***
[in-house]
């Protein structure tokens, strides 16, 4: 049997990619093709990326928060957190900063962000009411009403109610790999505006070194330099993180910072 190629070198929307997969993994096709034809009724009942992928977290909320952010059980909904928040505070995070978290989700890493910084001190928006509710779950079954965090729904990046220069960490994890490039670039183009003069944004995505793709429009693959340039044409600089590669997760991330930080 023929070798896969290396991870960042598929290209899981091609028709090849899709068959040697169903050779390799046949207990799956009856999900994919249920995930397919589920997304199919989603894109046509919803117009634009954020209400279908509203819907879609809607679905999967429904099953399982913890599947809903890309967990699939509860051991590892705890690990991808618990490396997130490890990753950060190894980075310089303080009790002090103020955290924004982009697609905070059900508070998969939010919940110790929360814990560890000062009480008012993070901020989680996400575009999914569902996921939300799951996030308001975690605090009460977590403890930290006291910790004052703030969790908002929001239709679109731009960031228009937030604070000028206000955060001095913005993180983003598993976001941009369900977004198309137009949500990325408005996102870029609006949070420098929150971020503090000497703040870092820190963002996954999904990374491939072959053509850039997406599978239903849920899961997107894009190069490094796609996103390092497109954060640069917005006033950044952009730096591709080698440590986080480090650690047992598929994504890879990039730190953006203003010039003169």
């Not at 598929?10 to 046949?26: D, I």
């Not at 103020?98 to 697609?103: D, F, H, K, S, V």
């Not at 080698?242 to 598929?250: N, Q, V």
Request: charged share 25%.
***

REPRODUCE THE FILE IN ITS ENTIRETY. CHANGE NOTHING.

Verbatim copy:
[in-house]
């Protein structure tokens, strides 16, 4: 049997990619093709990326928060957190900063962000009411009403109610790999505006070194330099993180910072 190629070198929307997969993994096709034809009724009942992928977290909320952010059980909904928040505070995070978290989700890493910084001190928006509710779950079954965090729904990046220069960490994890490039670039183009003069944004995505793709429009693959340039044409600089590669997760991330930080 023929070798896969290396991870960042598929290209899981091609028709090849899709068959040697169903050779390799046949207990799956009856999900994919249920995930397919589920997304199919989603894109046509919803117009634009954020209400279908509203819907879609809607679905999967429904099953399982913890599947809903890309967990699939509860051991590892705890690990991808618990490396997130490890990753950060190894980075310089303080009790002090103020955290924004982009697609905070059900508070998969939010919940110790929360814990560890000062009480008012993070901020989680996400575009999914569902996921939300799951996030308001975690605090009460977590403890930290006291910790004052703030969790908002929001239709679109731009960031228009937030604070000028206000955060001095913005993180983003598993976001941009369900977004198309137009949500990325408005996102870029609006949070420098929150971020503090000497703040870092820190963002996954999904990374491939072959053509850039997406599978239903849920899961997107894009190069490094796609996103390092497109954060640069917005006033950044952009730096591709080698440590986080480090650690047992598929994504890879990039730190953006203003010039003169």
């Not at 598929?10 to 046949?26: D, I």
């Not at 103020?98 to 697609?103: D, F, H, K, S, V």
């Not at 080698?242 to 598929?250: N, Q, V």
Request: charged share 25%.